We’ve been homeschooling for 5 years. What? Wow! How did that happen? Time flies. Before I started homeschooling my own children, I was a public school teacher. I did that for 15 years. WOW! Geez. Suddenly….I am so, so old. I mean, I started teaching when I was 10, obviously. hahaha.
Anyway, I’ve made so many mistakes in our homeschool journey. It’s been a lot of trial and error. At first, I started out just basically having “school in my home”. It looked just like a classroom, but in my dining room. I mean, that’s what I was used to doing. It’s what I knew. 4 years of college, and 4 years of grad school taught me how. And then 15 years in the classroom. It was a lot to unlearn. And obviously, I didn’t have to unlearn all of it. There was also plenty of valuable stuff in there.
But, I’ve learned and evolved a lot as a teacher and parent these last few years. One of the things that I’ve really focused on and reevaluated this past year, was how I was teaching language arts. It just wasn’t working. Well, it was working. Just not well and not with out tears and frustration. Both the kids’ and my own.
Then I came across Brave Writer. And The Writers Jungle. And The Arrows. And Julie Bogart. And I was curious and intrigued. It seemed too easy and just way too good to be true. But, we had to do something. So, we took the plunge. And I am never looking back! It has changed the whole climate and flavor of our homeschool ….and our home. I know. That sounds so dramatic. But, it’s absolutely true. I can’t say enough good things about The Brave Writer Lifestyle. If you’re looking for a change in the rhythm of your homeschool and home life, I encourage you to take a look.
The main “manual” for getting started is called The Writers Jungle : A Survivor’s Guide to Writing with Kids. This book is invaluable. It really helped transform my way of thinking, from public school English teacher to home-educating momma. It goes deep into helping us understand the writing process and at the same time, appreciating what wonderful minds our own children have.
Our young writers will learn how to write much as they learned how to speak correctly. In the meantime, we can jot in their baby book the funny way they spell words. After all, they won’t spell them that way forever.”
Isn’t that refreshing!!? I just love thinking of the kids’ writing that way. It’s not a race. And knowing that writing hasn’t really been allowed the freedom to grow naturally like speech has truly helped me to chill out and enjoy the process. And more importantly let my kids enjoy the process.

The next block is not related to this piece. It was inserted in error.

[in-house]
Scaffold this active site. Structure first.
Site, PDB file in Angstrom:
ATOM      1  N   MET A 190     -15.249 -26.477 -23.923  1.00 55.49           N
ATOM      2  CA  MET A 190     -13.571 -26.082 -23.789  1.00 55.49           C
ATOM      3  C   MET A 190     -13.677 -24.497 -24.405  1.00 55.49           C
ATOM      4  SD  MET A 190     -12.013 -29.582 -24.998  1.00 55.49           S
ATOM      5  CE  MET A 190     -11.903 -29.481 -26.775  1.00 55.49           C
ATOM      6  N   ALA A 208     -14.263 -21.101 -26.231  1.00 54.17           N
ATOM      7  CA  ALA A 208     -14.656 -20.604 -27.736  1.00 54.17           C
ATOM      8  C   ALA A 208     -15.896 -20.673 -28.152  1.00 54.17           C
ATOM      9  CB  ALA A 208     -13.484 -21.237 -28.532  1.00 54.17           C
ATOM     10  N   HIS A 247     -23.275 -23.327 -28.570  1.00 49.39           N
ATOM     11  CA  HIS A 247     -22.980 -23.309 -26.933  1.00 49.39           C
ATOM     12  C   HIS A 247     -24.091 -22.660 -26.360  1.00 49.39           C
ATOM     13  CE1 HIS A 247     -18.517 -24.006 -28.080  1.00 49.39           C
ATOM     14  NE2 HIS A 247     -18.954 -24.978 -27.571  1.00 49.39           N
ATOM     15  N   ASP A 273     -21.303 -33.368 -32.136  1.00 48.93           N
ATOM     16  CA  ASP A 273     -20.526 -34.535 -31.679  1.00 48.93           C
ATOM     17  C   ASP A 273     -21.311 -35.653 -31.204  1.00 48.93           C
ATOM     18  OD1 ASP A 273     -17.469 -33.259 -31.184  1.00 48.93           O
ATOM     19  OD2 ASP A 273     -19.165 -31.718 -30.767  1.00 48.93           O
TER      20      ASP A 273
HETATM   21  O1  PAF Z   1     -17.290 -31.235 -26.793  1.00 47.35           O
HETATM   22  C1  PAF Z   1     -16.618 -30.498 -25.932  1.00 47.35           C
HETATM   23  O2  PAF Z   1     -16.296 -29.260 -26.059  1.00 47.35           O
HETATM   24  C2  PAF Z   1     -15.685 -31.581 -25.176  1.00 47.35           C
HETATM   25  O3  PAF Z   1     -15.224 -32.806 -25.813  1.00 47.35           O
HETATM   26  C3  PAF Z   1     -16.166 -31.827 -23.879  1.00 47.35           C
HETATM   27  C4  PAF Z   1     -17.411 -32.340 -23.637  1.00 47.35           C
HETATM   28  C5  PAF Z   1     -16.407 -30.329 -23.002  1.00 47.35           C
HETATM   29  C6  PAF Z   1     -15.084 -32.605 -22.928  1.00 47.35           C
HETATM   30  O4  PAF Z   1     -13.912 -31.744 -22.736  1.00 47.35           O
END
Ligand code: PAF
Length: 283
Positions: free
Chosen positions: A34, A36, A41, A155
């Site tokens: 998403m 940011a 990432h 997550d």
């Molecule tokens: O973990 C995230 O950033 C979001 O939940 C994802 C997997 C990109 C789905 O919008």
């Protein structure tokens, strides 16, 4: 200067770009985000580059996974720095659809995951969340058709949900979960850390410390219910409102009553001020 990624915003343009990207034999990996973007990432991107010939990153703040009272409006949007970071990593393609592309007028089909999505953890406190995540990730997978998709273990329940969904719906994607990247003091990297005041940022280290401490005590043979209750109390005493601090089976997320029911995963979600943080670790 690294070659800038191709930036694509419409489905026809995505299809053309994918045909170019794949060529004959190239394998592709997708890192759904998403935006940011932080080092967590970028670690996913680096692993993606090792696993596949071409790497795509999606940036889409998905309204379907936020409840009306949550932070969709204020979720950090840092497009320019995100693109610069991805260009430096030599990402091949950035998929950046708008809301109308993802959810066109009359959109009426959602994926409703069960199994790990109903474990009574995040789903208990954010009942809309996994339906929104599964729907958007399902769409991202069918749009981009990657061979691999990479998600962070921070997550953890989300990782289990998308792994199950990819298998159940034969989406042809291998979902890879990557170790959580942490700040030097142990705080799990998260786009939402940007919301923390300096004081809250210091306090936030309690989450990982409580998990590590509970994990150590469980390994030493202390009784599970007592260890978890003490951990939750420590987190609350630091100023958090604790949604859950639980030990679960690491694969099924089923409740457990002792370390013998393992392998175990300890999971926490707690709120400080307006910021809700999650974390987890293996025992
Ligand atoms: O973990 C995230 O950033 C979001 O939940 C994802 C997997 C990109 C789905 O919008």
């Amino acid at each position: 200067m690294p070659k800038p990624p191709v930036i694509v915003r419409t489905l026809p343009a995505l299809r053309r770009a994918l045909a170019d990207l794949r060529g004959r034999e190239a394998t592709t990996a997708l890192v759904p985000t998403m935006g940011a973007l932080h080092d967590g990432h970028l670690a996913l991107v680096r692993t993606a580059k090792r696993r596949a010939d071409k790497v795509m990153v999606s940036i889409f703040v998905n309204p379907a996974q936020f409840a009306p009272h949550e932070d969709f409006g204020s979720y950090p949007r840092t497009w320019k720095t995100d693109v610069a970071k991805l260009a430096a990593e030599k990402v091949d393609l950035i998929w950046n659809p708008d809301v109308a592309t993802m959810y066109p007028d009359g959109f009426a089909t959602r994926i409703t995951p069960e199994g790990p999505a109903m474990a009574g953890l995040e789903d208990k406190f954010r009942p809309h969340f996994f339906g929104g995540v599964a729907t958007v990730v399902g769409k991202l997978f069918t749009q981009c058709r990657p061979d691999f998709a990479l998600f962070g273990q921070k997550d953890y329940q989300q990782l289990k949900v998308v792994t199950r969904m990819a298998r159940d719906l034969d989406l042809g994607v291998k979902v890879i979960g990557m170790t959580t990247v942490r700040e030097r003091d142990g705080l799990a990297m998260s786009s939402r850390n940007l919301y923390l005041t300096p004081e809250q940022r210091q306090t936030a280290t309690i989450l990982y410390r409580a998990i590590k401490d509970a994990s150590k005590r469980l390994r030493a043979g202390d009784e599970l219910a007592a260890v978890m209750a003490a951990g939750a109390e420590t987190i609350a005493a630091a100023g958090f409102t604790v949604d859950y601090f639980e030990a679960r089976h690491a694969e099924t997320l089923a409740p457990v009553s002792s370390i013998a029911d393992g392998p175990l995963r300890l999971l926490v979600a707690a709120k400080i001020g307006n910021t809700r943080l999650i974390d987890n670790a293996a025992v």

Don’t be intimidated. This manual walks you gently through every step. And it starts out quite simply with little things. (Little things that are actually big things!) Things like providing a language rich environment, reading aloud, catching your kids thinking, listening to their stories, free-writing, narration, dictation and even copy work. Some of the ideas and practices are things you very well might already be doing with your kids. Personally, this book really gave me the freedom and permission to explore these activities, when my nature would have me checking boxes and rushing off to the next assignment, to get it done.
The Writer’s Jungle also delves into ways to help your child revise and edit their own writing. There are clever tips and activities to assist you and your kids in narrowing the focus and expanding their writing. We are still working through these together. Of course, they much prefer writing to revising. But, I can see they are really growing as writers and it’s a beautiful thing to watch. They now love writing, knowing that they only have to chose their most favorite piece in the envelope to revise each month.
In addition to the Writer’s Jungle, the whole Brave Writer lifestyle has given me so much freedom in our homeschool journey. We’ve implemented so many sweet and thought provoking activities this year. I just love it all. Here are the things we have implemented and that we couldn’t do without.
Poetry Teatime. Julie calls Poetry “the candy of language”. It rolls of the tongue and feels good in the mouth. The relaxed pairing of poetry, tea and treats has helped create a connection between contemplation and rest. My kids look forward to this time together very much. I try to aim for a weekly Poetry Tea Time, but this semester it’s usually been 2 -3 times a month.